Beginning with The Fifth Season, N. K. Jemisin offers readers an experience like no other with her Broken Earth trilogy. The books, in order:
- The Fifth Season
- The Obelisk Gate
- The Stone Sky
This review will be spoiler free.
We all know about the seasons. There are four of them. Well, what happens when the earth gets angry that it causes the end of the world? That’s a Fifth Season. The world has ended. The world is ending. The world will end again. In these “end of the world” scenarios, we’re usually talking about humanity and the world they know. The world continues on just fine. There might even be some stragglers left. So it’s kind of a misnomer.
Not this time. This is a Fifth Season like no other.
While the series follows multiple POVs throughout, the main focus is of a mother and daughter. They are orogenes; they have the ability to sense the earth and control some aspects of it. Many people fear and detest them, thinking they are the cause of the Fifth Seasons. Parents send their children to a place called the Fulcrum where they are trained and taught that they are less than human…that “real” humans have a right to fear orogenes–or roggas, the more offensive term.
The series attempts something dangerous. In one with such a destructive world, it’s only fitting: It uses the second person POV. Essun’s husband has just killed her son because he discovered the son was an orogene. He has abducted their daughter, Nassun, because he suspects she too is an orogene. You are Essun. You must travel the world to find your daughter.
Essun and Nassun’s characters arcs essentially mirror each other. Essun gradually sheds this image of a monster she has formed over her lifetime. Nassun gradually becomes the monster the world thinks an orogene is.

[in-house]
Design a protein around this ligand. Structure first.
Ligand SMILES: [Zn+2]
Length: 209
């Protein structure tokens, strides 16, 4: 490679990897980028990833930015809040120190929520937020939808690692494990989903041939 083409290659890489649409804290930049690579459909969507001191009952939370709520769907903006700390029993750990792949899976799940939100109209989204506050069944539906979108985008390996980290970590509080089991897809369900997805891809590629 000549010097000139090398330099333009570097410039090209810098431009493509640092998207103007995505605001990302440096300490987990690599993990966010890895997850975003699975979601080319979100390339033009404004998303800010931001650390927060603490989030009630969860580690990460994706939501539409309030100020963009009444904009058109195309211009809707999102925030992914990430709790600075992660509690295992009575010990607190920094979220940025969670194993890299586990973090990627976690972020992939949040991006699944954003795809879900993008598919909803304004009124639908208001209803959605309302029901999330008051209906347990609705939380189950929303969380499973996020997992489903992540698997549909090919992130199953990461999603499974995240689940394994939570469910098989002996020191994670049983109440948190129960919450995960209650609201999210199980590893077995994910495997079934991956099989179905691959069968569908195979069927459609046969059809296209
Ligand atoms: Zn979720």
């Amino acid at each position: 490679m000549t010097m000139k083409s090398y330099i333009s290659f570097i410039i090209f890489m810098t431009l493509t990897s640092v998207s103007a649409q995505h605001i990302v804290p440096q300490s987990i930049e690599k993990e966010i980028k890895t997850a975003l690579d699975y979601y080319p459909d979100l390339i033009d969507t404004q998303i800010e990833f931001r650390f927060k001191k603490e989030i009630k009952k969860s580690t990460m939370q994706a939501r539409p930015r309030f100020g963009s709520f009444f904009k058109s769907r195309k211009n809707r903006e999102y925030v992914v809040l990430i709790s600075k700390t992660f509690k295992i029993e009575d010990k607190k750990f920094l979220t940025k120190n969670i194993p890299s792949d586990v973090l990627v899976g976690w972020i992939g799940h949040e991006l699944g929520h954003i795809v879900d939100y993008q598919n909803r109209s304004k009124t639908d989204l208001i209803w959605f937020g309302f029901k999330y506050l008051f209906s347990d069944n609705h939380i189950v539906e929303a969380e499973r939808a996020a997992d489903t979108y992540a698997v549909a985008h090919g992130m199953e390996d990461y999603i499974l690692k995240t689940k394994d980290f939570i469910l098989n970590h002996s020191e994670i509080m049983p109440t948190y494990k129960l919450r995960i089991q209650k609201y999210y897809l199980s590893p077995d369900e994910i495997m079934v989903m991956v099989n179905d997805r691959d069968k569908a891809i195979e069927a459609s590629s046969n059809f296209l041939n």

The Broken Earth is more than just a post-apocalyptic story. It speaks about social issues. About race. About LGBT+. This is a series about the oppressed. About how sometimes even parents cannot love their own children. In a word, it’s heartbreaking.
We also follow Damaya as she is taken away and brought to the Fulcrum by a Guardian. The Guardians train orogenes and protect humanity from them. Elsewhere, we also follow Syenite, a Fulcrum-trained orogene who is instructed to go on a mission with Alabaster–an incredibly powerful orogene. Then there are the Stone Eaters. They seem to be a third party in all of this. They are like statues that move.
There’s a lot to taken in. Many characters. Many terms. Some people might find the first book takes a bit before things start really connecting. Things can feel disjointed. But I think that’s the point. This series might make you feel uncomfortable. This isn’t a happy trilogy. At times it is disjointed. It seems like once we have saved one limb, we’re on the verge of losing another. Oh, *that’s* why we have Fifth Seasons? OK. But how did *that* even happen? OK, but….
As I said, this is a spoiler-free review, so I won’t go into much detail about any of the individual books. However, my personal ranking, in order from most favorite to least favorite:
- The Fifth Season (book 1)
- The Stone Sky (book 3)
- The Obelisk Gate (book 2)
This doesn’t mean I disliked the second book; I loved it. I just loved the other two more.
I’ll admit this is a bit short for a full series review. But I also think The Broken Earth trilogy is one best read almost blind. Just dive right in. Rescue your daughter before the world ends for real this time.